The meeting of the GoM on Land Acquisition Bill remained divided over the issue of retrospective acquisitions and the consent required from land owners
New Delhi: The meeting of a Group of Minister (GoM) on Land Acquisition Bill on Monday remained divided over the issue of retrospective acquisitions and the consent required from land owners with Indian Agriculture Minister Sharad Pawar saying two-three meetings are required to finalise the bill, reports PTI.
During the last meeting too, the same issues had divided the members of the GoM headed by Pawar.
"No final view on retrospective clause could happen. We have not taken any final call on the suggestion that consent of two-third people will be required," a source familiar with the development said.
In Monday's meeting, some Ministers also demanded to retain the original clause of seeking consent of 80% of people (land owners) for acquiring land.
The 80% clause was earlier changed to seeking the consent of two-third (66%) of the land owners for making such acquisitions.
Talking to reporters after the meeting, Pawar said, "Two or three more meetings are needed for finalising the bill."
He said all the issues will be settled and the bill will be finalised in two or three more meetings.
"All ministers except Finance Minister P Chidambaram and Planning Commission Deputy Chairman Montek Singh Ahluwalia were present in the meeting. It (more meetings) will get done before this week," the sources said.
The first meeting of the GoM on the Land Acquisition Bill last month had witnessed a strong demand by some members for retaining a window of retrospective application which was done away with earlier.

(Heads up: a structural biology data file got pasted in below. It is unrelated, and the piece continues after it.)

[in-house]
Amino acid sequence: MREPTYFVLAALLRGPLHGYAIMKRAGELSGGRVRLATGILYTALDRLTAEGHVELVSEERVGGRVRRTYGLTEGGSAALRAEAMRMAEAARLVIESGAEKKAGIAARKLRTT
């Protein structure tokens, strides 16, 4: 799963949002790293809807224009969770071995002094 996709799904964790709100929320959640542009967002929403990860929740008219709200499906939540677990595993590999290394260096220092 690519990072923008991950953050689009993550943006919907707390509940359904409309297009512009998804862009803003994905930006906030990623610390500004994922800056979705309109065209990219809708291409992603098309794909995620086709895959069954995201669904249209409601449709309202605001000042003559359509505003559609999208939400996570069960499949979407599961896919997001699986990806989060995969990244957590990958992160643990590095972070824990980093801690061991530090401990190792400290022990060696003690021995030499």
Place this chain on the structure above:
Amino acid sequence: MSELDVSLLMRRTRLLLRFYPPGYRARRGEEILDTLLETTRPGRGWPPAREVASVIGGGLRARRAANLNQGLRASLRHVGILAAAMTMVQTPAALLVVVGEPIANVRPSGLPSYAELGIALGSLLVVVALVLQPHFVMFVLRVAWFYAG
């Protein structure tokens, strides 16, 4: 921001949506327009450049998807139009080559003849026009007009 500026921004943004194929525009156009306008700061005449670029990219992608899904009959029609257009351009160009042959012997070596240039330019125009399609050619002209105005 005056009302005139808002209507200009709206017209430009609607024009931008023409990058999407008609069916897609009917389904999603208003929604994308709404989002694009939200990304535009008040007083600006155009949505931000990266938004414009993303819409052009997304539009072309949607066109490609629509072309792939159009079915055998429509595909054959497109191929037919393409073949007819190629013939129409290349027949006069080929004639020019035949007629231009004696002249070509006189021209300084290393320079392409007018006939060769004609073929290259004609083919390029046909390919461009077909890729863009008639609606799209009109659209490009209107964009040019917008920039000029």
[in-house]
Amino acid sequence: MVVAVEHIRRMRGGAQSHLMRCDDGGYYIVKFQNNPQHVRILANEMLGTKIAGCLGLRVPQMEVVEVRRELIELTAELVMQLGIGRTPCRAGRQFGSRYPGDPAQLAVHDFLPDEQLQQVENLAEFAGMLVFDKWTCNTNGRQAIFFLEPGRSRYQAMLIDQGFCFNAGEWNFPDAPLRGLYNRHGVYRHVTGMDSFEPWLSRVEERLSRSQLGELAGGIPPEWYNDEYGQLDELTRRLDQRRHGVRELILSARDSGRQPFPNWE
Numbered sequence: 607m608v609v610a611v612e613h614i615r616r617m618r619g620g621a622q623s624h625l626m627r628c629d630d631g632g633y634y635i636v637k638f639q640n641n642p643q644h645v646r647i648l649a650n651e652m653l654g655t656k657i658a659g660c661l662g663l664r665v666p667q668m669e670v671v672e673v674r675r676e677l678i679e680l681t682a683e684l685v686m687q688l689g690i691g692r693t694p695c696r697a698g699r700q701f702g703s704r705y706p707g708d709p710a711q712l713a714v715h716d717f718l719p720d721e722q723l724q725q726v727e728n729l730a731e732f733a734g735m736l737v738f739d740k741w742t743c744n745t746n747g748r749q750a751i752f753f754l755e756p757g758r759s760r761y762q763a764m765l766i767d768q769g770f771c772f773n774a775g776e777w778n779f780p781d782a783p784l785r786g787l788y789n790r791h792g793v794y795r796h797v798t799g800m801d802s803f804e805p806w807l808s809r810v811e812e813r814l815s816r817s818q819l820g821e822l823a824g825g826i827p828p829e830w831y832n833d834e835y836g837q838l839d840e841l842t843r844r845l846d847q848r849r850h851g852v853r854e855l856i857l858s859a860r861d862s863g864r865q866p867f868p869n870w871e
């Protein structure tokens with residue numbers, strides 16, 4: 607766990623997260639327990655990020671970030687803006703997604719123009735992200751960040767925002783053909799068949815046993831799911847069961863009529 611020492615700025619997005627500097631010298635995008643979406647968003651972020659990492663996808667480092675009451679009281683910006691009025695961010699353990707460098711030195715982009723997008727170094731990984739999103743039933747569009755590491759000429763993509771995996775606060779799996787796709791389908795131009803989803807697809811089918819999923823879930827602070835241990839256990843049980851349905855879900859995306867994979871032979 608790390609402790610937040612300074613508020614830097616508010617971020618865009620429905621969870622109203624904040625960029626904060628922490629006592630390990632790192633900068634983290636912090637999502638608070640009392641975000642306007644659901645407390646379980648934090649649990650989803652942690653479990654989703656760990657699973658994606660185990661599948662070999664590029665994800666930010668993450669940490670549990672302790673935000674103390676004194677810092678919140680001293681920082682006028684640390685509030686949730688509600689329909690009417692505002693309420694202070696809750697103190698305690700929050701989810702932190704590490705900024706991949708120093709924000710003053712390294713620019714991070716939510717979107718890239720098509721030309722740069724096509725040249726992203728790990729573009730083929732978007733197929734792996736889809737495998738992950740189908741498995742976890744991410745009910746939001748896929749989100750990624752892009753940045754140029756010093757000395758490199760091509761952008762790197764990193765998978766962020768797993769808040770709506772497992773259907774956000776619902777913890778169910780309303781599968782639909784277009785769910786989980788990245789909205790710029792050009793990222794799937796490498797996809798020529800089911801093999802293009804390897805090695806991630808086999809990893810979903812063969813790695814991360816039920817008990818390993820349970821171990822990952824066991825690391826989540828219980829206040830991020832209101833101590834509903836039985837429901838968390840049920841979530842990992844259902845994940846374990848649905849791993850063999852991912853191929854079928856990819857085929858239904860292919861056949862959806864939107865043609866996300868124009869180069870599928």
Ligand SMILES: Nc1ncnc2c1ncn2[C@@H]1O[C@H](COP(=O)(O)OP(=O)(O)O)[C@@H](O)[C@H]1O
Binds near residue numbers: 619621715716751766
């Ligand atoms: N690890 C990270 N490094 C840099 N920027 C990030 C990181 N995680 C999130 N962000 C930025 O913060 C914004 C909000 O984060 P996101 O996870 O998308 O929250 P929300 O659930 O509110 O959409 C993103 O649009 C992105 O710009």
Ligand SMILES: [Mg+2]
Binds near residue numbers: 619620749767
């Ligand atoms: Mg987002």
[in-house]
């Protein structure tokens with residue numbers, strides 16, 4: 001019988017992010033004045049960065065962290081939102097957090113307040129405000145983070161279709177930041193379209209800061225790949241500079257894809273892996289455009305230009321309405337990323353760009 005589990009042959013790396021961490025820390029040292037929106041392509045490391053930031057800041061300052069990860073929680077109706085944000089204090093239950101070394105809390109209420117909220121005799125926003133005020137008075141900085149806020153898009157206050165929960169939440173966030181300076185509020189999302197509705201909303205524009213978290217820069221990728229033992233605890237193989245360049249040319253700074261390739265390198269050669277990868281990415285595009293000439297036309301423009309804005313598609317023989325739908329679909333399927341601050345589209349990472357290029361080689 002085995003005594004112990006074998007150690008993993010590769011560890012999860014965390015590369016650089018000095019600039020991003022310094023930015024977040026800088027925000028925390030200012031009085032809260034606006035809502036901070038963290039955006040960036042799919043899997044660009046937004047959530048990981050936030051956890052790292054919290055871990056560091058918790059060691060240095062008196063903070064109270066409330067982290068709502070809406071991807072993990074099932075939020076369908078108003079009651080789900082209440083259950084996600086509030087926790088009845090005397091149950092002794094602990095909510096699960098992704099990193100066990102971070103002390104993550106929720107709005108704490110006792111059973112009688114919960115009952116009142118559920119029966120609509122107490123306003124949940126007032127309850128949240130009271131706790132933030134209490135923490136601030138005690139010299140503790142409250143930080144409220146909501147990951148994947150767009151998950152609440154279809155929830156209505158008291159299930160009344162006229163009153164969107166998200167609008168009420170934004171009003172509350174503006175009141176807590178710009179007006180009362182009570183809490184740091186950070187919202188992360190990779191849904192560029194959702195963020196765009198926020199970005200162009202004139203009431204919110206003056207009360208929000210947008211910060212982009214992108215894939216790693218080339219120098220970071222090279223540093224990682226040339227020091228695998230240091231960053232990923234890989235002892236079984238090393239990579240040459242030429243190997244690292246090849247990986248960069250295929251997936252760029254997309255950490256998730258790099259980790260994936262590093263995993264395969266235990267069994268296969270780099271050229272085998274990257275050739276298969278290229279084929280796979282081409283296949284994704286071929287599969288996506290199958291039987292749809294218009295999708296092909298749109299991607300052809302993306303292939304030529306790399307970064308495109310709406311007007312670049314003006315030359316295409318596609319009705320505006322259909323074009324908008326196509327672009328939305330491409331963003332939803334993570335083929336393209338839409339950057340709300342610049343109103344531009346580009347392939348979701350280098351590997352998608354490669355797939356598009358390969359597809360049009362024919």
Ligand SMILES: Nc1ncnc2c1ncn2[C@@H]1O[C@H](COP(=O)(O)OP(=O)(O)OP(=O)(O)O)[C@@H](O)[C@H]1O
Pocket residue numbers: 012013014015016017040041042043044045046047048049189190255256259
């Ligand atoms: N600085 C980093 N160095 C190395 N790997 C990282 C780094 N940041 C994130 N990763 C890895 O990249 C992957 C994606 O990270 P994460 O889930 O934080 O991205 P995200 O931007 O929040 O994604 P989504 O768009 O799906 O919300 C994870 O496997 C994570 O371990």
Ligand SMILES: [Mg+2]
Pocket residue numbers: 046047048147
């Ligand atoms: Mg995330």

The meeting had discussed threadbare the contentious clause of prospectively in the Bill and a question of Rehabilitation and Resettlement package on par with the Land Acquisition bill for the affected parties in mineral-rich forest areas.
Considering the protest from the industries and other infrastructure Ministries, the Rural Development Ministry has said it has made changes in the controversial clause which had said that the Bill would apply retrospectively.
According to this clause, the Bill would be applicable to all cases of land acquisition before the date of commencement of the Act if the award under the 1894 Act has not been made.
The Rs2,500-crore IPO of the state-run Rashtriya Ispat Nigam or RINL has been deferred twice since the filing of the draft documents with SEBI
New Delhi: Indian government on Monday said it will kickstart its ambitious Rs30,000 crore disinvestment programme with stake sale in Rashtriya Ispat Nigam Ltd (RINL), this month, reports PTI.
"We have lined up all the cases for the next six months. The first case (RINL) is coming up sometime this month," Finance Minister P Chidambaram told reporters at the Economic Editors' Conference.
The Rs2,500-crore initial public offering (IPO) of the state-run RINL has been deferred twice since the filing of the draft documents with the market regulator Securities and Exchange Board of India (SEBI) on 18th May.